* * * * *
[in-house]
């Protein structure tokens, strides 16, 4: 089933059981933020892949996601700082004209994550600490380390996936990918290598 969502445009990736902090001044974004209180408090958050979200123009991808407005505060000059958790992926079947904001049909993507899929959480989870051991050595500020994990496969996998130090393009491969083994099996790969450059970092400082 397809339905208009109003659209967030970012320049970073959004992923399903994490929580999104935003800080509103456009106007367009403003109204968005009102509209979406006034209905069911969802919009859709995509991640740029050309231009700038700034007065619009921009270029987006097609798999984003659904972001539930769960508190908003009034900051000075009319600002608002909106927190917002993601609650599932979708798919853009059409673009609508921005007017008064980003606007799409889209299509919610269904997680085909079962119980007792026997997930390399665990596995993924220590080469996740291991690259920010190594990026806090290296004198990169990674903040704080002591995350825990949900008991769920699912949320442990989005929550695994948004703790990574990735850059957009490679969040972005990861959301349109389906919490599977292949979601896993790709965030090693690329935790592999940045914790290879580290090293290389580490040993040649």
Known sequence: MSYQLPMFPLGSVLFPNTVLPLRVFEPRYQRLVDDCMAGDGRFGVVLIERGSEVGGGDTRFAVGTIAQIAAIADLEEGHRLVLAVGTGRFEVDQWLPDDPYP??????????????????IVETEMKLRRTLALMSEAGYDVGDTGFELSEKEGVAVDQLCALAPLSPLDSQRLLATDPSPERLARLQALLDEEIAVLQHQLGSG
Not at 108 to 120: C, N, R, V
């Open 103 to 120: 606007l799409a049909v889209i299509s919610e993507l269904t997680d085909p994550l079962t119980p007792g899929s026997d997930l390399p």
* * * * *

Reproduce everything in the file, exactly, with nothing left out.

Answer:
[in-house]
């Protein structure tokens, strides 16, 4: 089933059981933020892949996601700082004209994550600490380390996936990918290598 969502445009990736902090001044974004209180408090958050979200123009991808407005505060000059958790992926079947904001049909993507899929959480989870051991050595500020994990496969996998130090393009491969083994099996790969450059970092400082 397809339905208009109003659209967030970012320049970073959004992923399903994490929580999104935003800080509103456009106007367009403003109204968005009102509209979406006034209905069911969802919009859709995509991640740029050309231009700038700034007065619009921009270029987006097609798999984003659904972001539930769960508190908003009034900051000075009319600002608002909106927190917002993601609650599932979708798919853009059409673009609508921005007017008064980003606007799409889209299509919610269904997680085909079962119980007792026997997930390399665990596995993924220590080469996740291991690259920010190594990026806090290296004198990169990674903040704080002591995350825990949900008991769920699912949320442990989005929550695994948004703790990574990735850059957009490679969040972005990861959301349109389906919490599977292949979601896993790709965030090693690329935790592999940045914790290879580290090293290389580490040993040649």
Known sequence: MSYQLPMFPLGSVLFPNTVLPLRVFEPRYQRLVDDCMAGDGRFGVVLIERGSEVGGGDTRFAVGTIAQIAAIADLEEGHRLVLAVGTGRFEVDQWLPDDPYP??????????????????IVETEMKLRRTLALMSEAGYDVGDTGFELSEKEGVAVDQLCALAPLSPLDSQRLLATDPSPERLARLQALLDEEIAVLQHQLGSG
Not at 108 to 120: C, N, R, V
């Open 103 to 120: 606007l799409a049909v889209i299509s919610e993507l269904t997680d085909p994550l079962t119980p007792g899929s026997d997930l390399p």